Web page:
Showing posts from April, 2013

The good, the bad, and the downright nonsensical!

I love a challenge, but as I sit here, planning my next walk, my mind has drifted to the tricky letterbox clues.  The bearings of 132.25 degrees, the 'tucked back and to left' sites, the visible, and 'not-quite-visible'  '2nd highest holly'.  The 'logan-type', 'Africa-shaped' rocks.  The catalogue is chocked full with imaginatively descriptive and more unconventional clues.

A genuine clue taken from the catalogue a few years back reads, in it's entirety: "FREEDOM ??? ???  On a knife edge.  Check out an old site."  We're all in favour of getting back to basics, without GPS and all, but give us a clue!

If we face a future without GPS to assist us (or at least the 10 figure grid references), decent bearings will make all the difference.  Wherever possible, siting a letterbox on a calm day helps.  For when a clues states "(Windy)" at the end, its very hard to know how to act on the moor.  You can either only search on a…

Theft from a charity

Surely there can be no lower, no more despicable crime than stealing from a charity.  In Plymouth last month, a news story appeared of thieves who smashed their way into the Jennycliff Cafe, overlooking Plymouth Sound, during the night.  They caused hundreds of pounds worth of damage, and stole the till float, as well as 3 charity pots belonging to the Devon Air Ambulance, the British Heart Foundation and St Lukes Hospice.
The vandals remain at large, and when caught, will face criminal prosecution and a stern sentence - though I'm sure even this won't be enough.  Charities depend on donations and public support and the sick crooks who help themselves to the charitable gains are simply the dregs of society.  (Full story here)
Transfer this to Dartmoor, and the charitable funds raised by charity walks.  For many letterboxers, these routes provide enjoyable and successful letterboxing days.  For most boxers, it was through completing these routes and finding these boxes that got…

Battle Plans Part V

It has been 18 months since we saw published Ministry of Defence plans for their military ranges on Northern Dartmoor.  You'll remember (from post "Battle Plans Part III - Any clearer?") that during the 2012 financial year, the MOD had accounted for a series of actions to take place including:

- Removing 3 flagpoles in the Okehampton Training area, with Yes Tor being a priority for removal.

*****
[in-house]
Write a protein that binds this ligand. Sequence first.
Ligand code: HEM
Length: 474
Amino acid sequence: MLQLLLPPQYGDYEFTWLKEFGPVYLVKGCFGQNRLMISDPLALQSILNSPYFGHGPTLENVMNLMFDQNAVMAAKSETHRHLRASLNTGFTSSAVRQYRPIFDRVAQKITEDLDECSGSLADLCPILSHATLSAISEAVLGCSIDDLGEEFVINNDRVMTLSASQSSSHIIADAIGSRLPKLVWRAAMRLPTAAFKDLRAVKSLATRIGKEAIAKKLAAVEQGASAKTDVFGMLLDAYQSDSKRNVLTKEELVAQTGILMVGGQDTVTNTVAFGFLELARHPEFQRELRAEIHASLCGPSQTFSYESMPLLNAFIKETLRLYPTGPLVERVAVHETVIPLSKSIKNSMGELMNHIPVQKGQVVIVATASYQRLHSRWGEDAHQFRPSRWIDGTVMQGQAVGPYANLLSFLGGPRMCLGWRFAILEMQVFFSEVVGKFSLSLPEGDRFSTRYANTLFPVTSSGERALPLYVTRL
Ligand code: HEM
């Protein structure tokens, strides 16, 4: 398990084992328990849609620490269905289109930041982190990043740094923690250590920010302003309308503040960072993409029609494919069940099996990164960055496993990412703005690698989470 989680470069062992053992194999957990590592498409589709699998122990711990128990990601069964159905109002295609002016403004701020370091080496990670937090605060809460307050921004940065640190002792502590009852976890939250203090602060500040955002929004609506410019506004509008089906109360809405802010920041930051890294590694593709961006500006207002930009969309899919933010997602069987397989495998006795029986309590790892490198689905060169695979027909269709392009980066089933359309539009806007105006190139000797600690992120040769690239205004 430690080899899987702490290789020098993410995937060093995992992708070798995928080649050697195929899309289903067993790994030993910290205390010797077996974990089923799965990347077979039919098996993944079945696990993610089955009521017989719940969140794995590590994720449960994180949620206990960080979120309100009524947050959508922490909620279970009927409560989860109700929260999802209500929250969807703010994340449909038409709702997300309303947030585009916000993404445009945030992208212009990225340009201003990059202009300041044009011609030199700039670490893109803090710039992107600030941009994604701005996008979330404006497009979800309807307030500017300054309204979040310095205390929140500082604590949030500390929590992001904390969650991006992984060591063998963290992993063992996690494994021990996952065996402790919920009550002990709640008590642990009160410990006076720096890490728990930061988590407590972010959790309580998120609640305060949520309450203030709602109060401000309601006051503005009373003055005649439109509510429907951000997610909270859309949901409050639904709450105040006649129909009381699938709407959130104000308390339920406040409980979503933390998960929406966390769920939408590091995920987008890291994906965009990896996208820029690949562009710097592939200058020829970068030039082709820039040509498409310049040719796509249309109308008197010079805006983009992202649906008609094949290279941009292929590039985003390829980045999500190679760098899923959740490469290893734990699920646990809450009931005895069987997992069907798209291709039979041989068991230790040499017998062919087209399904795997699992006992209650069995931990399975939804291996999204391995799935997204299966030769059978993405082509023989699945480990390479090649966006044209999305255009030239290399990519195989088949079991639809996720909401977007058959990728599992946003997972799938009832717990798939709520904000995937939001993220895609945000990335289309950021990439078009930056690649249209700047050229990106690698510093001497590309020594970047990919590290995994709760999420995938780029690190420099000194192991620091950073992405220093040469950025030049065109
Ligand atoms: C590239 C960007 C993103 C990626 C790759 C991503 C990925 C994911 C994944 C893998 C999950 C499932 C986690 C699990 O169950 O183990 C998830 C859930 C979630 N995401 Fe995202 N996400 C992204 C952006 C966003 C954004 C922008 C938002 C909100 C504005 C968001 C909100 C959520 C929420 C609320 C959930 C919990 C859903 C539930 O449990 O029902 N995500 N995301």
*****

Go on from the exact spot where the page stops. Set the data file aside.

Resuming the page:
- Combining Watern Oke Flagpole with a 'look-out'.
- Walkham Spur flagpole to be relocated, with a 'look out' constructed and access works to take place on slopes near Fuges Post and Walkham Head.

Well, the wait continues, even as we approach the Summer of 2013.  The MOD's Integrated Rural Management Plan did say that work would require the amendment of the local by-laws in order for the work to take place.  The original 1980 by-law for Okehampton Training Area, for instance, listed the precise locations for flagpoles.

I have now received communication from National Par…

Roving the Ring Road

Returning to the South West for a rare, second consecutive weekend, whoisthechallenger went North to complete an attractive little charity walk around West and East Mill Tors.  The 11 box walk was sited in order raise funds for the Plymouth branch of the PDSA.  The 'Birds Eye View Of Dartmoor' series is the sixth and latest installment of this group's Charity walks, and their stamps and clues are always reliable.

We parked at Row Tor in bright sunshine, and were delighted to find that the wind was not bracing, nor was it bearing inhibitive.  All the boxes were within paces of the metalled army tracks, some of which formed the 'Okehampton Ring Road'.  This was looping track from Row Tor out to OP15 on Okement Hill.  The track was often rutted and pot-holed, with a couple of deep fords thrown in, but at least the Western (ford-free) half of the track was negotiable with a 2 wheel drive car.  On September 18th 2009 the track was closed to all public traffic.

The trac…

Tuesday, April 2nd 2013

I can now confirm that the Rangale of deer set is off the moor.  Please delete your clues now.  I was delighted to discover that all the boxes were on site, and stampable.  I've had my fill of the East Dart valley for a while though...

Monday, April 1st 2013

A Bank Holiday off work and the sun shining, whoisthechallenger needed no further excuse to get out on the moors.  After purchasing a couple of charity walks at the meet, it was to Brat Tor and Arms Tor that we headed.  The car park wasn't exactly overflowing.  The Ten-Tor trainees were out in force though.  As the route took us up the River Lyd, we were fortunately sheltered from the chilly Easterly wind.  Early Spring is the best time to walk the Lyd valley - no bracken.

Boxes were generally on site, and for the first time in a long time, the moor was dry underfoot.  Circling Smallacombe Rocks, and heading up to Arms Tor, we suddenly found ourselves exposed to the full force of the wind.  Dartcom suggested winds peaked at 26 knots this afternoon - though I suspect their instruments are not as exposed as Widgery Cross.
Retreating back to river level, splashing across the Lyd and back to the car on High Down, WITC is pleased with the 8.5 miles covered, and the 38 box haul too.